It is important to know that the basis for many people’s beliefs are developed through their cultural upbringing. “Human beings learn about and come to understand their environment through interactions with others” ([The Meaning of the Symbol] 57). When interacting cross-culturally, it can be imperative to be perceived as being social in business situations, for example. The global community is making it necessary for many business people to be effective at understanding symbolic interactionism theory as it is applied to the culture with which the person is conducting business. The exchange between people who speak different languages is where symbolic interactionism theory is perhaps expressed the most. For example, leadership plays one of the most important roles in determining values of people in different cultures. People are the same, despite where they are from (Hofstede, 2012), but sociologist Geert Hofstede concludes that there are profound differences due to the cultural upbringing. The research offered in Hofstede’s studies helps to determine whether the culture in which a person is raised affects the way they communicate, and this provides an interesting aspect to understanding symbolic interactionism theory because it recognizes the cultural interpretations of the same qualities, such as leadership. This proves the need to develop effective symbolic ways to communicate in each culture, due to the differences in customs and beliefs (Hofstede, 2012). Hofstede points out that because many companies do not have the type of expertise to handle the changing work environment that is being spurred on by globalization, there will be a need for people who are trained to handle this area, and that will in many case be those trained in proper negotiations with international companies. There are many new demands on the people in the organization and this will require proper guidance from HR managers. There needs to be flexibility and speed within the company in order to adapt to the global market. The climate in the new type of workplace demands that companies have an “open and empowered organizational climate, but also a tightly focused global competitive culture,” (Hofstede, 2010). This type of adjustment will not be based on the strategic planning of the top corporate executives, as it will be more in the behavior of the company’s employees in the various areas in which the company operates around the world. These specially trained employees will need to take special note of the cultural nuances in communication that are revealed through the symbolic interactionism theory.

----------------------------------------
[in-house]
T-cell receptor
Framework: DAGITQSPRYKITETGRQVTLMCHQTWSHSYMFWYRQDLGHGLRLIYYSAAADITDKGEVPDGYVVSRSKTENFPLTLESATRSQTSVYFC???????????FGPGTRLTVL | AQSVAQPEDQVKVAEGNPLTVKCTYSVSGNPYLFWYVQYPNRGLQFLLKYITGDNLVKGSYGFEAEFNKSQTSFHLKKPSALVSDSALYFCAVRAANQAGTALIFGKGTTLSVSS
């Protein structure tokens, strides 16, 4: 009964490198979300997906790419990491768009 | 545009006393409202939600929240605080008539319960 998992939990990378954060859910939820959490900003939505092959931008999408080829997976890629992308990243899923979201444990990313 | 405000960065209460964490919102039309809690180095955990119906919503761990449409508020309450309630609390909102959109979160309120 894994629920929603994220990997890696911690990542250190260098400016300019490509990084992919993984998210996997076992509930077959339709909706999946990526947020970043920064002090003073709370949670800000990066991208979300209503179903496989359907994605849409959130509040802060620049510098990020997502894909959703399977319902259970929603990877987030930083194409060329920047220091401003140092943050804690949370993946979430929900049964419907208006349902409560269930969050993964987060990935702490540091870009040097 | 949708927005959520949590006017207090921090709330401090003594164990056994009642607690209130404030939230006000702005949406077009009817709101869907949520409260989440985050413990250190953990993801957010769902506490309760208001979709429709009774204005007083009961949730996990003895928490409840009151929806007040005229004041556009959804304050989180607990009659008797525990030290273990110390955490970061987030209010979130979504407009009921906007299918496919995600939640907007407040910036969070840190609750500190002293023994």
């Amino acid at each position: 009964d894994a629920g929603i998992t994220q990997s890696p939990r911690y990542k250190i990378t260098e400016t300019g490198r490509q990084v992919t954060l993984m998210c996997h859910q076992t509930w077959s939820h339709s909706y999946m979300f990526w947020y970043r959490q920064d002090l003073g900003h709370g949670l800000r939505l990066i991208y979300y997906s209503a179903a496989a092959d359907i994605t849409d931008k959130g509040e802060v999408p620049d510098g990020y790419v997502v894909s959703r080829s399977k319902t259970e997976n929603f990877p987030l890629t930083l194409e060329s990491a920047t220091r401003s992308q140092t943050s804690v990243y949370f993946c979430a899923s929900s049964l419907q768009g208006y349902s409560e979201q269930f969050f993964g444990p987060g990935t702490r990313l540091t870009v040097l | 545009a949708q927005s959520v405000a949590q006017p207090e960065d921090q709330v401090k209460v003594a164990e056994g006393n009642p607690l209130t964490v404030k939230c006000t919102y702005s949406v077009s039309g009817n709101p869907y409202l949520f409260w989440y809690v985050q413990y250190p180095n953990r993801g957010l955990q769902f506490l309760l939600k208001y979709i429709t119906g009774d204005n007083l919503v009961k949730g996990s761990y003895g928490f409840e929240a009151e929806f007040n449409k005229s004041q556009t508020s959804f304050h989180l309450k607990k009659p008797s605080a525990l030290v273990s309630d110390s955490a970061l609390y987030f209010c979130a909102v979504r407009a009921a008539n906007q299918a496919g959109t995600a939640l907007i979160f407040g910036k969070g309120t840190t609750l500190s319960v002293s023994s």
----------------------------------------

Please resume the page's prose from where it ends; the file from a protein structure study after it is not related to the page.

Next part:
Having the right people to communicate globally might be difficult, due to the challenging nature in finding a person who has extensive knowledge of negotiations. Companies will face many challenges in this changing global communication environment. The person who is currently negotiating for the company might not want to be reassigned to a different task with the firm. While certain incentives can be provided to the person who currently negotiates for the company, they may not be enough to convince that person to take on different tasks. Furthermore, there may not be other tasks that the person can take on, so there would be redundant employment. Thirdly, it would cost the company more money to hire someone with training that is as detailed as being able to speak a specific language or be familiar with international negotiation strategies.

While it might be difficult finding a person skilled familiar enough with symbolic interactionism theory, it is becoming a more relevant field due to globalization. On a long enough timeline, the right person would likely come along who knows the signs and symbols needed to be considered sociable with the other culture, which can be vital for business dealings.

Reference List

Adler, N.J., (N.D.) Communicating across cultural barriers. Retrieved from

Farmer, C. (2011, March 25) Communication skills training: voice tone. Corporate Coach
Group. Retrieved from

Hofstede, G., et al. (2012). Cultural Differentiation of Negotiating Agents. Springer          Science Business Media. Retrieved from                  h=13e86dca75b67803&attid=0.6&disp=inline&safe=1&zw&saduie=AG9B_P8ld2B8uB3FK            wSDOA-xLEXv&sadet=1369803882306&sads=pk-g0qKWApO_7Tw_owzD3622PoU

Speech Improvement Resources. (2012). Nonverbal communication says a lot. Retrieved             from        a-lot

University of Utah (N.D.) Engaging in nonverbal communication. Retrieved from

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By Hanna Robinson

Hanna has won numerous writing awards. She specializes in academic writing, copywriting, business plans and resumes. After graduating from the Comosun College's journalism program, she went on to work at community newspapers throughout Atlantic Canada, before embarking on her freelancing journey.